Please make time to write this coming month. Write your stories, write your grandchildren, and in the midst of all that, write your elected representatives. Let’s keep this special part of life available for the women and men coming up behind us. They will deserve it then, just as much as we deserve it now.
Be well, stay safe, and until next time, keep the pen moving (or the keys clicking).
I typically publish two blog articles (published online on the 10th and the 20th) and this newsletter every month, so you hear from me (or a guest blogger) a couple of times a month. Below is a brief extract from last month's blog - click the links for the whole enchilada! If you've ever considered getting your voice out there, I welcome suggestions for topics, or a fully written guest piece in line with my philosophy for the site. Drop me a line......
If polyamory is new or unfamiliar to you, you aren’t alone! Until a few years ago, most people who practiced any relationship style other than monogamy were very discreet and kept their polyamorous lives private. Nonmonogamous relationships were treated with disapproval at best, or fear and contempt at worst. Recently there has been more media attention on these less traditional relationship forms and more poly people have “come out of the closet” to friends, relatives, and even on the job. Consensual nonmonogamy, open relationships, and polyamory are used interchangeably by most people to describe any relationship that is not strictly monogamous, where all parties know about any other partners, and everyone involved has consented to any other relationships. While there are many different models of non-monogamous relationships, the key components are honesty, full disclosure, and keeping agreements.
Many people have asked me, “Why on earth would anyone choose that?” Polyamorous folks are a very diverse group, and each person chooses to have the option of multiple partners for different reasons. Boiled down to their essence, these motivations generally fall into two categories: More or Different. Some people want to have more than one partner because they love everything they are getting in their relationship but would like more of it. For example, they may want more time, more attention, more romance, more affection, or more sex than they receive from their partner, and seek to satisfy that need with an additional partner. Others are happy with their relationship but there is some key resource missing.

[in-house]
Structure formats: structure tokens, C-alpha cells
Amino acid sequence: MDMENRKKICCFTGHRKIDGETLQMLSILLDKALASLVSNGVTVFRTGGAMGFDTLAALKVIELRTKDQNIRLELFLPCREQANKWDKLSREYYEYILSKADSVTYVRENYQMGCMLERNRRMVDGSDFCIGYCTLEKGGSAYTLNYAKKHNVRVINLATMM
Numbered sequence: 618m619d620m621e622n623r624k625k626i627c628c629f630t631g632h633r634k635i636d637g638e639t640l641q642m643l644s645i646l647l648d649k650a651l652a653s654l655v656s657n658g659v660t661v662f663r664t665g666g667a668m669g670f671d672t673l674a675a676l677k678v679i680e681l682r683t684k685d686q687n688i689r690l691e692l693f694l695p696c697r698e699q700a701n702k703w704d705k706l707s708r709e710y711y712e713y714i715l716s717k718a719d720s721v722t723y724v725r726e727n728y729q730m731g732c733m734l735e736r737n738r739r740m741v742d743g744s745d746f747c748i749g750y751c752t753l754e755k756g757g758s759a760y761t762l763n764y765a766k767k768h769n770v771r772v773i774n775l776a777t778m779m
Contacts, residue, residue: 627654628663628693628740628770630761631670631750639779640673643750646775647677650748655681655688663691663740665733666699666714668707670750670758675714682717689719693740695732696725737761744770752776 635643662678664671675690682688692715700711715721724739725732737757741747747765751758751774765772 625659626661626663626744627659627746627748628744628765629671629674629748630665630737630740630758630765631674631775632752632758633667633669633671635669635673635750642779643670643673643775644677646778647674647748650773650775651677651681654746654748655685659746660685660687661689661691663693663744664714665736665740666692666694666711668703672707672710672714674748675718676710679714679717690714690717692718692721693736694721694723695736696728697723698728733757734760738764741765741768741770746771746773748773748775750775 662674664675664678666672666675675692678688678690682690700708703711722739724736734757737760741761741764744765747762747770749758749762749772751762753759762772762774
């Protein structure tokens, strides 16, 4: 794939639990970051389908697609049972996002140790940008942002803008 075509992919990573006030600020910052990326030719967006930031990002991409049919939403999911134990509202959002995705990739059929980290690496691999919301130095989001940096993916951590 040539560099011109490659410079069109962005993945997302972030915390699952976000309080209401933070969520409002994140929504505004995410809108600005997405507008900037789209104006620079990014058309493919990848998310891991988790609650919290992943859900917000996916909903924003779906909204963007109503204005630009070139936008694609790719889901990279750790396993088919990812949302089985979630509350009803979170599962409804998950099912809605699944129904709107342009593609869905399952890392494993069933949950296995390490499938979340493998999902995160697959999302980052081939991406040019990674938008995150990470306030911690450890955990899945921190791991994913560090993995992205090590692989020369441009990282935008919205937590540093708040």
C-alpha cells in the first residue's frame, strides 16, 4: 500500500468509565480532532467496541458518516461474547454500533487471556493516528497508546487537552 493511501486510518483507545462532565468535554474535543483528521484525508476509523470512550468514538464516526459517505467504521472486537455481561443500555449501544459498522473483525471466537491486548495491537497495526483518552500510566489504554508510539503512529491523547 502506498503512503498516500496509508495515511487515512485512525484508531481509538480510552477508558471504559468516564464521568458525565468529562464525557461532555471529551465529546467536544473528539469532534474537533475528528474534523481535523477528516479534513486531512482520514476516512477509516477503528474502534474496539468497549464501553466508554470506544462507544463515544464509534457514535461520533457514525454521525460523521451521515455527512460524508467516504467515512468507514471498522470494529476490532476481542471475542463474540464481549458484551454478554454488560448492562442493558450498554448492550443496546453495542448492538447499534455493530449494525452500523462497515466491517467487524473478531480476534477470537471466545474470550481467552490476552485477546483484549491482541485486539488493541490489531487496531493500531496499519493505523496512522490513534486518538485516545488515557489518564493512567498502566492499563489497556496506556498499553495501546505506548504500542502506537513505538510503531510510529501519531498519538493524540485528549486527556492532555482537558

February, with its hearts and flowers, is a great month to consider what each of us wants romantically, sensually, and sexually. After all, we are born to be creative and sensual. It’s no surprise that studies show that sex after sixty is good for us. It improves our heart health, lowers our stress, and promotes our well-being in many other ways, from decreased pain to better sleep. As Maggie Kuhn, founder of the Gray Panthers, famously proclaimed, “Learning and sex until rigor mortis.”
A woman may become more attuned to her desires at midlife, right about the time that her sexuality is ignored or reviled in Western culture. Consider the British program How Not to Get Old, which shames women past menopause who choose to claim their beauty. And remember the negative examples of midlife Disney villains like Maleficent and Ursula. The erotic power of women past menopause has long been stigmatized rather than celebrated. Society bids us be quiet just when we have plenty to say. It’s past time for that to change.
The good news is that we are seeing a shift in media portrayals. Emma Thompson’s 2022 movie, Good Luck to You, Leo Grande, is an intimate exploration of a woman in her sixties claiming her own pleasure for the first time. And the advent of the “Seasoned Romance” enables older writers to publish stories about characters their own age, instead of camouflaging their hard-won erotic knowledge in characters in their twenties.